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December 21, 2022

Congress expected to vote on federal lobster rule 'pause' this week

person on boat Screenshot Fisherman Curt Brown said he was optimistic about a six-year pause on federal regulations.

A deal is in the works to put a six-year "pause" on enacting federal lobster fishing regulations.

There's also a proposal to fund a study on how to improve lobstering gear, as well as ways to monitor the movements of the endangered North Atlantic right whale.

Congress is expected to vote this week on an omnibus spending bill that would include those provisions, which were worked out by Maine’s Congressional delegation in conjunction with leaders in the lobster industry.

“We haven’t tied a bow on this package yet,” Gov. Janet Mills said this morning in a press conference.

Although the deal isn’t finalized yet, lifelong lobster fisherman Curt Brown was optimistic. 

“The future looks much brighter than it has for a long, long time,” said Brown, who spoke remotely from his boat. 

Brown has been lobstering since he was 8 years old. He said no one in the industry would dispute the idea that it’s important to protect the whales.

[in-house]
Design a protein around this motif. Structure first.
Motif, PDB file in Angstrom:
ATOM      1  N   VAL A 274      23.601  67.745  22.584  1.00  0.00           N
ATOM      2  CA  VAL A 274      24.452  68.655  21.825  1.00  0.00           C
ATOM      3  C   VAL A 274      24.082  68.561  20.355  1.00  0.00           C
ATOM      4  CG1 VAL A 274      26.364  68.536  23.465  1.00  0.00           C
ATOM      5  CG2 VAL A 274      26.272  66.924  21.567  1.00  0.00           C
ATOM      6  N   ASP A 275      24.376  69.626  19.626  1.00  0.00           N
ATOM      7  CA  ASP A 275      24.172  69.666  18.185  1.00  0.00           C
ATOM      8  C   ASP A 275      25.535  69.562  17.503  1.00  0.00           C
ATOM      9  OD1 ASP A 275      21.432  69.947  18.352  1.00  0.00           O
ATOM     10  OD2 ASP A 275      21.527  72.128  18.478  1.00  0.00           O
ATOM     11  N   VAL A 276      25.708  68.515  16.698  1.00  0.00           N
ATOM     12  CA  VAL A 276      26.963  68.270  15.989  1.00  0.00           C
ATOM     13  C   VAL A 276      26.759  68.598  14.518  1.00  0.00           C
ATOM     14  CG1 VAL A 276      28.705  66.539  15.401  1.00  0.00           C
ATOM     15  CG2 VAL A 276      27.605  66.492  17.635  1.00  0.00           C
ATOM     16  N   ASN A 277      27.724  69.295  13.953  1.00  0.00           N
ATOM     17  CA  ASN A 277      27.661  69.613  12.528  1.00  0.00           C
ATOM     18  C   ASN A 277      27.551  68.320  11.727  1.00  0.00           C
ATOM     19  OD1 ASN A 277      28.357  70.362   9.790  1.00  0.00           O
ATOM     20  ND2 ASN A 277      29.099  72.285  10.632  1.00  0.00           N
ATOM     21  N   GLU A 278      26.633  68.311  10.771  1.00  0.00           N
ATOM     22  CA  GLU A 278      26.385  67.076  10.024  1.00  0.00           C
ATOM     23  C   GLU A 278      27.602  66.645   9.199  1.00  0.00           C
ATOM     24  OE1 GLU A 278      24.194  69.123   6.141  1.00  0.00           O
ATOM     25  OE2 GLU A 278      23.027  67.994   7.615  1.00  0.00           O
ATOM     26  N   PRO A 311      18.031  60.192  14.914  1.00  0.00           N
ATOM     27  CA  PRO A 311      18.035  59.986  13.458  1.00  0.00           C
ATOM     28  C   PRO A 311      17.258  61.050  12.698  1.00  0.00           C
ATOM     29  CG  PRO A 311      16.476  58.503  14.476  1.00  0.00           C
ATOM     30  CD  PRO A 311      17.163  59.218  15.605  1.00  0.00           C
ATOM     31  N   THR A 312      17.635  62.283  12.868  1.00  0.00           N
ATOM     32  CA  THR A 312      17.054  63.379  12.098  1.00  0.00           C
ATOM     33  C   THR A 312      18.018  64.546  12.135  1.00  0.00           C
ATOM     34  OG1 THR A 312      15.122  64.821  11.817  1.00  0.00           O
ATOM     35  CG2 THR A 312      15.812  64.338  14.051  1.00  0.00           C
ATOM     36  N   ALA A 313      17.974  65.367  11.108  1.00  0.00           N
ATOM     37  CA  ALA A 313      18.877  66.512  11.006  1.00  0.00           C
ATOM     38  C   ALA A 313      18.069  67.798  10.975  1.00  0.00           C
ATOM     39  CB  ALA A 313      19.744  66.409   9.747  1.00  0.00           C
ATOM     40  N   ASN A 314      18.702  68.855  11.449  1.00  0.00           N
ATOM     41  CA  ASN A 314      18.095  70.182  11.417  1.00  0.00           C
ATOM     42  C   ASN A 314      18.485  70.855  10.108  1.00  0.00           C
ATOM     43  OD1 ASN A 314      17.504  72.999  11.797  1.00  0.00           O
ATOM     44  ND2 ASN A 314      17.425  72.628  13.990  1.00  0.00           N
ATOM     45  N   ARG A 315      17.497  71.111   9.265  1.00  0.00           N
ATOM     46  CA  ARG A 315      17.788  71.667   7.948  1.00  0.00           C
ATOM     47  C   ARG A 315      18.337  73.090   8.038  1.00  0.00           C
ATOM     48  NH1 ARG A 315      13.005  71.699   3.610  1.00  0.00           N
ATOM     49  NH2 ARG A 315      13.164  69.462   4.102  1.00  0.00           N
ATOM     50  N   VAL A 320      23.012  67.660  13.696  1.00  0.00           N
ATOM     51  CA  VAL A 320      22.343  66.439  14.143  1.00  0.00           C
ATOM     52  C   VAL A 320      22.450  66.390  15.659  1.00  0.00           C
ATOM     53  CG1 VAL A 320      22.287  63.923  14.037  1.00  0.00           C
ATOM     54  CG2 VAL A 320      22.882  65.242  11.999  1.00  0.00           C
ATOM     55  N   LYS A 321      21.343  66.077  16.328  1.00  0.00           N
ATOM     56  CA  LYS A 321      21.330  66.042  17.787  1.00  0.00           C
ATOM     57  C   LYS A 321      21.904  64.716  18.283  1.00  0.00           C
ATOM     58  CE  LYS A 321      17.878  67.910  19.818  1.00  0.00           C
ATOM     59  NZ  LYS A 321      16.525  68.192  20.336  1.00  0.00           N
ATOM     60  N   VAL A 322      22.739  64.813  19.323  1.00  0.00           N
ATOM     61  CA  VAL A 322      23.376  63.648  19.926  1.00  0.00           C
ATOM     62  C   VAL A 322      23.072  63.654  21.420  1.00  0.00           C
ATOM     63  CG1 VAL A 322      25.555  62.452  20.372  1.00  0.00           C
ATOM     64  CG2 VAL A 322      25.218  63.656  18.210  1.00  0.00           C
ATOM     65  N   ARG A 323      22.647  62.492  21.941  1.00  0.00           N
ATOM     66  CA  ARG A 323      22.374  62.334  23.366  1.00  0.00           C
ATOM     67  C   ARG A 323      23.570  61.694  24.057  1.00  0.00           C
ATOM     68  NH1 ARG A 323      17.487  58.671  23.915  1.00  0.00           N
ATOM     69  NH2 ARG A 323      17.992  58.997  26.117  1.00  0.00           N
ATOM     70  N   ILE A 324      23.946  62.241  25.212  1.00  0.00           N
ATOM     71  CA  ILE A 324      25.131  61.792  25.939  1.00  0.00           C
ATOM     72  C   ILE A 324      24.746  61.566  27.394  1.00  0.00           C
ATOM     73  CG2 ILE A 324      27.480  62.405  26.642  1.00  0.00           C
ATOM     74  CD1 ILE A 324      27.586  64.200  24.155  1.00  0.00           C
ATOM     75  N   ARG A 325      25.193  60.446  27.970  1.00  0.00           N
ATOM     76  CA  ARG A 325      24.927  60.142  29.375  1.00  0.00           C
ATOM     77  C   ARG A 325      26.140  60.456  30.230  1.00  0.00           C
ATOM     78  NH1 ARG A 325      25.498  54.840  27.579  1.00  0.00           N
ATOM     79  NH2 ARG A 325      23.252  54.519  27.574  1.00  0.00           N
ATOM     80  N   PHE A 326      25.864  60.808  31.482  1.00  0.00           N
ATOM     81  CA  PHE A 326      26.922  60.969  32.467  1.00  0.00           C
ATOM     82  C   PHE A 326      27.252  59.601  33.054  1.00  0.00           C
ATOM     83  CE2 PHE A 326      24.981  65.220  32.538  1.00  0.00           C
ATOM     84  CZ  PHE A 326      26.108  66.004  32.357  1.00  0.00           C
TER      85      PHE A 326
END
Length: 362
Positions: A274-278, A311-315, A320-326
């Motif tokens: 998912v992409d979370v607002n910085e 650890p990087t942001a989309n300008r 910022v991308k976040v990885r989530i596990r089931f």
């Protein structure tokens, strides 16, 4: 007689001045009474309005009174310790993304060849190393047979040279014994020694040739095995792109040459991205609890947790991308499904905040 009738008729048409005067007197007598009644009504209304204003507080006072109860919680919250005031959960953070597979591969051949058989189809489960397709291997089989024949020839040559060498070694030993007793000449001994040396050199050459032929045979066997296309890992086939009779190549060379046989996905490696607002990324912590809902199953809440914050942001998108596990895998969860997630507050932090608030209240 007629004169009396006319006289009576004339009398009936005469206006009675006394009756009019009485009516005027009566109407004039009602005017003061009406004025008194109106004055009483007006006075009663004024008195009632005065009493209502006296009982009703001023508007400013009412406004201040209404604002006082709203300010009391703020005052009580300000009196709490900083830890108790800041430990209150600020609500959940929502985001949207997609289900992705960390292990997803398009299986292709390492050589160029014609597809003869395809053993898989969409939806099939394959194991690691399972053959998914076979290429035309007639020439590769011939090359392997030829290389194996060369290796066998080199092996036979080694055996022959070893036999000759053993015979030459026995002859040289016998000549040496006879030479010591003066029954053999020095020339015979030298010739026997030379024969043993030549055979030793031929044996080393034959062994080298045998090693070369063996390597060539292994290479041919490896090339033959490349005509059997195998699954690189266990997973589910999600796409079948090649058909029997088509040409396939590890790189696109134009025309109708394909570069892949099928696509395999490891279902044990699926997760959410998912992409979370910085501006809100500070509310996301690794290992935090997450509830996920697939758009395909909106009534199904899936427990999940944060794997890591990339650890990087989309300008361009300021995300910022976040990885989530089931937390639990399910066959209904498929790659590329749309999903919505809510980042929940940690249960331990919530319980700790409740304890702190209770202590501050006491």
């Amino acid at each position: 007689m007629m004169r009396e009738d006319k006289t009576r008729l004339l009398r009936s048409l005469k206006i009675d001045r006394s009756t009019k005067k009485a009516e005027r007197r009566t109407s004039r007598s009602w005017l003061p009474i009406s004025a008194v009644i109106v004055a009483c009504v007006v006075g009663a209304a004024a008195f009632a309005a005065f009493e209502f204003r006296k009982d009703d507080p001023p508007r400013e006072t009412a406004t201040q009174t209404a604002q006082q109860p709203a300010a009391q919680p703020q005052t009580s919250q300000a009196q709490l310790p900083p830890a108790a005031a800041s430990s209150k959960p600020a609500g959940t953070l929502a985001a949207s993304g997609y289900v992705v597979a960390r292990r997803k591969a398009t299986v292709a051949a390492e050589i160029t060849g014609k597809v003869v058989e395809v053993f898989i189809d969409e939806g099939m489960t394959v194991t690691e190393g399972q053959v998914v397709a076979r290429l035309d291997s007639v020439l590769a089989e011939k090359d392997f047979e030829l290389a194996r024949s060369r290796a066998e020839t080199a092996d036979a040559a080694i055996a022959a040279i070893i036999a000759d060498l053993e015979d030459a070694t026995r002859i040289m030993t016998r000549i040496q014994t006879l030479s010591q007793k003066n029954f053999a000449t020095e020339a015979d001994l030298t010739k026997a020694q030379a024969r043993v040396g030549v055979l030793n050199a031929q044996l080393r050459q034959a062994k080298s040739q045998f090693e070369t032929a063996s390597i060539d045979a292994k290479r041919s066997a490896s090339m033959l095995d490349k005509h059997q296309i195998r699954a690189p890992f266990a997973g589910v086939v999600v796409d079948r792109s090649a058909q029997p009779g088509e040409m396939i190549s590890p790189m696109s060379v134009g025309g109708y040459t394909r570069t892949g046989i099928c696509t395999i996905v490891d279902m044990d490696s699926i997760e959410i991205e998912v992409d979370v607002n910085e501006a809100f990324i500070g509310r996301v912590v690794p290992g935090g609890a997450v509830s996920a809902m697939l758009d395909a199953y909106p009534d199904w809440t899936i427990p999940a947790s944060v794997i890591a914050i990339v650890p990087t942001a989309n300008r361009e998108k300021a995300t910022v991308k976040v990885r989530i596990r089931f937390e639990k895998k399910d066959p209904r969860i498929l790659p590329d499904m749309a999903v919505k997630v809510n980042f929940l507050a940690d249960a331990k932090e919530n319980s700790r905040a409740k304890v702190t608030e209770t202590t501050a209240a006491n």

“I would argue there isn’t a group in the country that’s done more to protect right whales than Maine’s lobstermen and women,” he said. 

That includes a series of gear modifications implemented over the past two decades, he noted.

“I have a 7-year-old son who loves lobstering and a 5-year-old daughter who loves lobstering and, if they choose to, I hope they can make a future in this industry,” Brown said. “When it comes to protecting right whales, it’s something we take very seriously in this industry.”

The provision in the federal appropriations bill, expected to pass the Senate and House this week, would provide a six-year reprieve in the form of a "regulatory pause." 

The provision was based on input from the Maine Department of Marine Resources and drafted by U.S. Sens. Susan Collins, R-Maine and Angus King, I-Maine, and U.S. Reps. Chellie Pingree, D-1st District and Jared Golden, D-2nd District.

They said the measure would enable the lobster fishery to continue to operate while still complying with the National Marine Fisheries Service's most recent rules on the North Atlantic right whale.

The provision deems the current right whale rules sufficient to ensure the continued operation of the lobster and Jonah crab fisheries for six years through Dec. 31, 2028, and also provides that new regulations for the two fisheries would take effect by that date.

The provision also authorizes a new grant program that could fund innovative gear technologies and the monitoring needed for the management of fisheries. 

A National Marine Fisheries Service plan calls for reducing the risk to right whales from fishing gear by at least 90%. The plan is based on the federal Marine Mammal Protection Act, which allows less than one death per year of the endangered animal, based on its estimated population of fewer than 350.